2. Season with Fenugreek

Consuming fenugreek seeds may help improve your fertility. A study published in the International Journal of Medical Sciences suggests that consuming fenugreek may help support healthy testosterone levels and sperm quality. (1)

What is fenugreek, anyway? It has a warm flavor that adds depth to a variety of different dishes. Fenugreek is a seasoning that has been compared to clove. You can find fenugreek in the form of seeds, and because of its warmth, it adds an extra dimension of flavor to curry dishes and other spiced dishes.

3. Get Lots of High-Quality Protein

High-quality protein is a vital component of any healthy diet, because it provides essential amino acids. What are amino acids, anyway? Amino acids are the small nitrogen-containing compounds that bind together to create protein found in a variety of foods that we eat. The two main types of amino acids are essential amino acids and nonessential amino acids. As their name suggests, essential amino acids are absolutely indispensable for the body to function normally and healthfully. Essential amino acids are necessary to produce muscle, enzymes, hormones, and neurotransmitters. Because essential amino acids are necessary for nearly every organ system, we must eat them on a daily basis. Beyond simply getting them in our diets, we must also get essential amino acids in optimal ratios. If we are missing any single essential amino acid in our diets, the body cannot utilize the other amino acids as effectively.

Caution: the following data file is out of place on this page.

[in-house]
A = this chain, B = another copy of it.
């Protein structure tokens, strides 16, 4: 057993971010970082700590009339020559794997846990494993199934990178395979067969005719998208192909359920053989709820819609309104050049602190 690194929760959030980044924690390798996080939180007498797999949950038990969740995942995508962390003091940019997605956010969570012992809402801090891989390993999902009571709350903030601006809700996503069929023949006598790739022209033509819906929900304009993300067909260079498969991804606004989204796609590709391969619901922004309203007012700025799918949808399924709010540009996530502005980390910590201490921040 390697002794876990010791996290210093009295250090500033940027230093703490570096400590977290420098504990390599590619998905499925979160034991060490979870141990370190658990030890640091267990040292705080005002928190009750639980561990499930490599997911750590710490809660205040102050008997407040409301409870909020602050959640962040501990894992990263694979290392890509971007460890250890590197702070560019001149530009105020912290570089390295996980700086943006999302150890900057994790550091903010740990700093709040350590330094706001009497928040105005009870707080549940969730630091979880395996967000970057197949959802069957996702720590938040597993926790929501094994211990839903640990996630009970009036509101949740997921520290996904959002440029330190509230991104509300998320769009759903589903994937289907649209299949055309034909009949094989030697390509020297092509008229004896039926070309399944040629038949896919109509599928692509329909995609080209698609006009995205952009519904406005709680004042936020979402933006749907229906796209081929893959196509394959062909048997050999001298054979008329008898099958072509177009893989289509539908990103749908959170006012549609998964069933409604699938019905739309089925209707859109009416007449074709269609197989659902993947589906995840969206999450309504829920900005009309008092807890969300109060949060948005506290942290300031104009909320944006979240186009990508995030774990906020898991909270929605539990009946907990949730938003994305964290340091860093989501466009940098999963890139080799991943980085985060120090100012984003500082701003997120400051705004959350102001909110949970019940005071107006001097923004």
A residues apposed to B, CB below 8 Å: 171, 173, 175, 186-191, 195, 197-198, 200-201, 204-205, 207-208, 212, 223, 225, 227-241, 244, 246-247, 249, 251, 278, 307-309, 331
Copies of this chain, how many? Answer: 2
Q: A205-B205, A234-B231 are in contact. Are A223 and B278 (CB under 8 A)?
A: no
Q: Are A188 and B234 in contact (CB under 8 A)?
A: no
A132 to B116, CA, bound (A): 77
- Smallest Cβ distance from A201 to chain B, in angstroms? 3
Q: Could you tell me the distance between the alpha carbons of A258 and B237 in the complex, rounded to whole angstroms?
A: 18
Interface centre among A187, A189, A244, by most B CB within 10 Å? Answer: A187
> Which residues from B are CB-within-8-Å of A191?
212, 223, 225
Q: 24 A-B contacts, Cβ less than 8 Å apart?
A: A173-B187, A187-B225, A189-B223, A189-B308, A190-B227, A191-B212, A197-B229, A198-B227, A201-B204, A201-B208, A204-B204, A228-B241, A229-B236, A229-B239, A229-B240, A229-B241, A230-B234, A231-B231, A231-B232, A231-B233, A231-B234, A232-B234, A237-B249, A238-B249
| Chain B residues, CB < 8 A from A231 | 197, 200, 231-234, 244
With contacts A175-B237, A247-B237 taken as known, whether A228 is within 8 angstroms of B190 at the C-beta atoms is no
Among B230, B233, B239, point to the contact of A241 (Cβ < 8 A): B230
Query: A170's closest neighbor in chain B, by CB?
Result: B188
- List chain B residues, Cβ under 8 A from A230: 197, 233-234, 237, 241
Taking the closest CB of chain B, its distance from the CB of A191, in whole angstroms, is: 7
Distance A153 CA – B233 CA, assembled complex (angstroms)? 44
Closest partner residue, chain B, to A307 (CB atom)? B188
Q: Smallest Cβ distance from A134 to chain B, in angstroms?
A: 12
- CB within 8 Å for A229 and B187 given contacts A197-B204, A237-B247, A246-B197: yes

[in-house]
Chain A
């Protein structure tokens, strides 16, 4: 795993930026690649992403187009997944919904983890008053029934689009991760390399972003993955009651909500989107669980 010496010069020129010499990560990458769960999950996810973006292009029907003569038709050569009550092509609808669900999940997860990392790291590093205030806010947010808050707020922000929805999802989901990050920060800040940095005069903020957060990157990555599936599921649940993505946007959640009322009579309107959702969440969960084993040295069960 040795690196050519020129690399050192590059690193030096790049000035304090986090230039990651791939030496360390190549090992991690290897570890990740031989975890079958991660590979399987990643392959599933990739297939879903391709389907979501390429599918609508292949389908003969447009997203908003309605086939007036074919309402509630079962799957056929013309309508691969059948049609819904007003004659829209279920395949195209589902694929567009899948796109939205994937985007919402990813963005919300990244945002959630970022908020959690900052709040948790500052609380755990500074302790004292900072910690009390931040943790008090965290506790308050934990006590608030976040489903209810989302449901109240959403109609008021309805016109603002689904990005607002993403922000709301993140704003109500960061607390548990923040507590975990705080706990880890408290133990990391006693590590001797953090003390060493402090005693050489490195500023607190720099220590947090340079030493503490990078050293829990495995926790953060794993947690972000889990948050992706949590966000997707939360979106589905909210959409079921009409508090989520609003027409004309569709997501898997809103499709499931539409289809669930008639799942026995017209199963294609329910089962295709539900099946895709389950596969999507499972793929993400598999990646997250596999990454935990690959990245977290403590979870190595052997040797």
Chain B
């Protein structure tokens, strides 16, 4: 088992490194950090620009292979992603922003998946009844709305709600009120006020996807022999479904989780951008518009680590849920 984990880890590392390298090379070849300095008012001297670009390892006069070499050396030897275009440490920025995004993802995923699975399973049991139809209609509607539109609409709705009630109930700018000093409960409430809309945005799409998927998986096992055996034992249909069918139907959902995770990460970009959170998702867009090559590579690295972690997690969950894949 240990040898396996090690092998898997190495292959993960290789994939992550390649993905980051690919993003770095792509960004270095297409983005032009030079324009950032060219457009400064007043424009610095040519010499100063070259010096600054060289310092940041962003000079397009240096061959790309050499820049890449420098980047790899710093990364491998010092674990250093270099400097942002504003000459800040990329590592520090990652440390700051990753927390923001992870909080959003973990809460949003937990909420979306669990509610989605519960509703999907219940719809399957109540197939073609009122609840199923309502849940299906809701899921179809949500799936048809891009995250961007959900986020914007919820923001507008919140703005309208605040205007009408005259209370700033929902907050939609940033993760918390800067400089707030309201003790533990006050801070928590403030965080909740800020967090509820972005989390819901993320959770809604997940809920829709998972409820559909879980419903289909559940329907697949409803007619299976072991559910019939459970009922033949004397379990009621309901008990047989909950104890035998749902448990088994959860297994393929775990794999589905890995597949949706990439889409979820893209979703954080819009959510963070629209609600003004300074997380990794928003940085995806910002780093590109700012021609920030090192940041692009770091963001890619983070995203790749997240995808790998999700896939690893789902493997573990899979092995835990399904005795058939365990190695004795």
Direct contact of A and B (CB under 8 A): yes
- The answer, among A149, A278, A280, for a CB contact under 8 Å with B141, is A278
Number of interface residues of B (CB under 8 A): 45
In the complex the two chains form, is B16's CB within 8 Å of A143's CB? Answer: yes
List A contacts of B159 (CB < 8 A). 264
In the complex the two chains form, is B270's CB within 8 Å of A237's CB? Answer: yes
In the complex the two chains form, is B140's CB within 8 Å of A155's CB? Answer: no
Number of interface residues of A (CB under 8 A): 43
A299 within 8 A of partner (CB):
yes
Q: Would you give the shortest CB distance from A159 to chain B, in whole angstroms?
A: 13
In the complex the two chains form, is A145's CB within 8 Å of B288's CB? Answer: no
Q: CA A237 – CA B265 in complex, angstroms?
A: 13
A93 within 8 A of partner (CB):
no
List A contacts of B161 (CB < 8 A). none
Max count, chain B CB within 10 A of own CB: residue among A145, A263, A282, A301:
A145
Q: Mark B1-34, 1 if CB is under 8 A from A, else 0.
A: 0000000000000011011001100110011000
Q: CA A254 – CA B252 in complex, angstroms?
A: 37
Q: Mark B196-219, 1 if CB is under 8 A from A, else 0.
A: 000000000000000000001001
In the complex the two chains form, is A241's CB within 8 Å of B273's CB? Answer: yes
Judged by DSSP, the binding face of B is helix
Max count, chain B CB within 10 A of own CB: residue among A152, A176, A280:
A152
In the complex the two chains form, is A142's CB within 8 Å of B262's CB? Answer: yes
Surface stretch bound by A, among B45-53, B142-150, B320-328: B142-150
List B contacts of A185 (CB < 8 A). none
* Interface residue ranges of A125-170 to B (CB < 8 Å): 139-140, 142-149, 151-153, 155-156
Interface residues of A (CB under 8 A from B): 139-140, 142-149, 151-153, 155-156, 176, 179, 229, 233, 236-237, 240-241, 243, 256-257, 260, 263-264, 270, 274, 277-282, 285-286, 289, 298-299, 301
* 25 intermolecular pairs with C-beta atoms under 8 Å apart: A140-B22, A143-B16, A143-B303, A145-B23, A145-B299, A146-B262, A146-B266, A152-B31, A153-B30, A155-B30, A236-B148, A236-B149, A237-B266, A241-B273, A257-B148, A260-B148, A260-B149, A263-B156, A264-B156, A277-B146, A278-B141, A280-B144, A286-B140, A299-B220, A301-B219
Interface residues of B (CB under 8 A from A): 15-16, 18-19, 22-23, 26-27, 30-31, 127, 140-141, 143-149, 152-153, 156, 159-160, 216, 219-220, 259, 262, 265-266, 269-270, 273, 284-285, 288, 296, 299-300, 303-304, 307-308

High-quality protein is critical for healthy sperm production. Research on mouse models suggests that BCAA may improve sperm quality, in addition to exercise. (2)

Branched-chain amino acids refer to the essential amino acids leucine, isoleucine, and valine, and are available in high-quality protein sources.

Essential amino acids, in general, are crucial for improving body composition and reducing fighting obesity, which is a significant cause of low sperm count. (3)

So, how do essential amino acids improve body composition? On a daily basis, the body turns over muscle tissue and gets rid of damaged proteins and amino acids. Fresh protein and amino acids are required to replace the turned over muscle tissue each day. Supporting muscle mass and lean body tissue is an important part of

High-quality protein is any protein source that offers balanced ratios of essential amino acids. So what kinds of food does this include? Animal proteins provide optimal ratios of amino acids. Ideal animal proteins to incorporate into your diet include milk, cheese, yogurt, chicken, turkey, and fish. When it comes to meat and dairy, choose minimally-processed products that are low in saturated fat and sodium.

In contrast to animal proteins, plant-based proteins are incomplete protein sources. This means they only offer incomplete ratios of essential amino acids. In order to get all the essential acids that you need on a daily basis, make sure that you eat a variety of plant-based proteins on a daily basis. Great sources of protein

4. Get Plenty of Omega-3 Fatty Acids

Getting lots of omega-3 fatty acids is an important part of an anti-inflammatory diet. Inflammation, just like oxidative stress, plays a crucial part in fertility issues. Systemic inflammation can impact the reproductive organs, leading to reduced fertility and suboptimal functioning of cells and organ tissues.